Monegasque on pole in rain and red flag affected session
Charles Leclerc has claimed yet another pole position for his collection in this afternoon’s FIA Formula 2 Championship qualifying session at the Circuit de Spa-Francorchamps, defying the rain and a resultant red flag to grab the top spot well ahead of title rivals Nicholas Latifi and Oliver Rowland.
The Monegasque driver emerged from the gloom with a time of 2:20.842, almost 22 seconds slower than his best time from free practice this morning but vitally six tenths ahead of the DAMS duo, the only two drivers within a second of the top spot in a heavily rain affected session.
Qualifying got underway on a very wet circuit following an earlier heavy storm, but with the rain holding off there was the potential for times to improve: all of the field was immediately on track just in case, with Nyck De Vries, Luca Ghiotto and Antonio Fuoco all spending time on the top spot before the Monegasque claimed the honours at the halfway mark with 2 laps in succession improving the times before most of the field headed back to the pits for fresh rubber.
The rain had started again just as they re-emerged on track, and although some drivers were improving their times, most notably Artem Markelov who set the fastest 1st sector time and was looking a real threat to Leclerc’s P1, they were all slowed again almost immediately when a spin for Sergio Sette Camara brought out the red flags, undoing all their good work.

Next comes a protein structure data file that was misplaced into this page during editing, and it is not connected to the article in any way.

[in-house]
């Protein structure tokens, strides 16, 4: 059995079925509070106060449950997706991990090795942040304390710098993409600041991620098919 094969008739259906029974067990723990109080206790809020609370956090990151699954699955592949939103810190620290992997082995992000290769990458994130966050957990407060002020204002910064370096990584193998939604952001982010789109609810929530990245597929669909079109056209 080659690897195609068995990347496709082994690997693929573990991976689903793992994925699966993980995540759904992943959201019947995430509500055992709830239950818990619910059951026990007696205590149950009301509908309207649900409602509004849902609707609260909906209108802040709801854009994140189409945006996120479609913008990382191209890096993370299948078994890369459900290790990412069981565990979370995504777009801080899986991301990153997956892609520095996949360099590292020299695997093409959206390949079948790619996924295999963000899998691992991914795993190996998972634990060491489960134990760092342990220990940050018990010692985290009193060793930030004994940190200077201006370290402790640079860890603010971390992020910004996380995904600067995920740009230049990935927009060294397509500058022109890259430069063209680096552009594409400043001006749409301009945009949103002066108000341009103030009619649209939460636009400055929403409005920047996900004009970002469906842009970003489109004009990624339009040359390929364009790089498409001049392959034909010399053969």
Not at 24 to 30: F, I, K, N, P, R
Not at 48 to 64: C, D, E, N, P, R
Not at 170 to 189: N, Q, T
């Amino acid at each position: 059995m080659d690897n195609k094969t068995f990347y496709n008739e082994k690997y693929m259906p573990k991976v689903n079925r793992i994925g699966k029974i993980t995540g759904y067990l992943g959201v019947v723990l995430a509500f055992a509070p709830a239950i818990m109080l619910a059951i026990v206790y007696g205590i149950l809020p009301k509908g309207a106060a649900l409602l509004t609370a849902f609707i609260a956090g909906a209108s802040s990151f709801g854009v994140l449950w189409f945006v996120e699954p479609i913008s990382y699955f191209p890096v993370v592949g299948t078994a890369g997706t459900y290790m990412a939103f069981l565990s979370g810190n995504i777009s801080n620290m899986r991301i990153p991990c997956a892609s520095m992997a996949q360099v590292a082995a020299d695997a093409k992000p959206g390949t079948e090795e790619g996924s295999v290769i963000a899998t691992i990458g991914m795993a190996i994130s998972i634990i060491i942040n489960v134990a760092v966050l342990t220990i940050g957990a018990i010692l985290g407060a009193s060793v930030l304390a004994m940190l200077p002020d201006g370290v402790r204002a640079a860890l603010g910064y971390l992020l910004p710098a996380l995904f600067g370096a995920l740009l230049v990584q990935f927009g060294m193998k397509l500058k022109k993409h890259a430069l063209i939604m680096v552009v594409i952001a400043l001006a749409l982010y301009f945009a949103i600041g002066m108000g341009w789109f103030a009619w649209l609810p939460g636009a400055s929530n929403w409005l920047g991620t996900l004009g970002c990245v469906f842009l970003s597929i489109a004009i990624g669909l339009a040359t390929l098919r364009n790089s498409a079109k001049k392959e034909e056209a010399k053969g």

The session eventually restarted with just under 4 minutes on the clock, but with the rain increasing there was no chance of any improvement, ensuring Leclerc retained the honours. Behind the top 3 good drives by Gustav Malja, Fuoco, De Vries, Ghiotto and Roberto Merhi were not reflected in their laptimes, will all of them hoping that their race pace tomorrow will be able to overturn their poor luck today.



Pebble Beach, CA — Little more than 10 days ago, Bruce R. McCaw’s 1929 Mercedes-Benz S Barker Tourer emerged from the restoration shop of Steve Babinsky in Lebanon, N.J. After making the cross-country journey, the boattailed beauty captured the top prize at Sunday’s 2017 Pebble Beach Concours d’Elegance.

McCaw’s MB Barker Tourer is a stunner. Photo: Pebble Beach Concours
“This Mercedes-Benz S Barker Tourer is a combination of speed, style and power,” said Concours Chairman Sandra Button. “Somehow these three elements — along with those fantastic torpedo running boards — become the very definition of elegance.”

“We’ve had the car for several years,” said McCaw, of Bellevue, WA. “The question was whether or not to restore it. I always hate to restore something that doesn’t need it. But we finally found enough pictures that we knew the car needed to be restored.”

Bruce was competing for Best of Show with his brother, John McCaw, and sister-in-law, Gwen McCaw, and their 1957 Ferrari 315 S Scaglietti Spyder. Also in the Winner’s Circle was a 1932 Packard 906 Twin Six Dietrich Convertible Victoria owned by William E. (Chip) Connor of Reno, Nev. Get all the results.

Held on the 18th fairway of Pebble Beach Golf Links, the concours drew 204 cars from 15 countries and 31 states — and the total included 54 first-time entrants. It also raised over $1.6 million that will benefit more than 80 local charities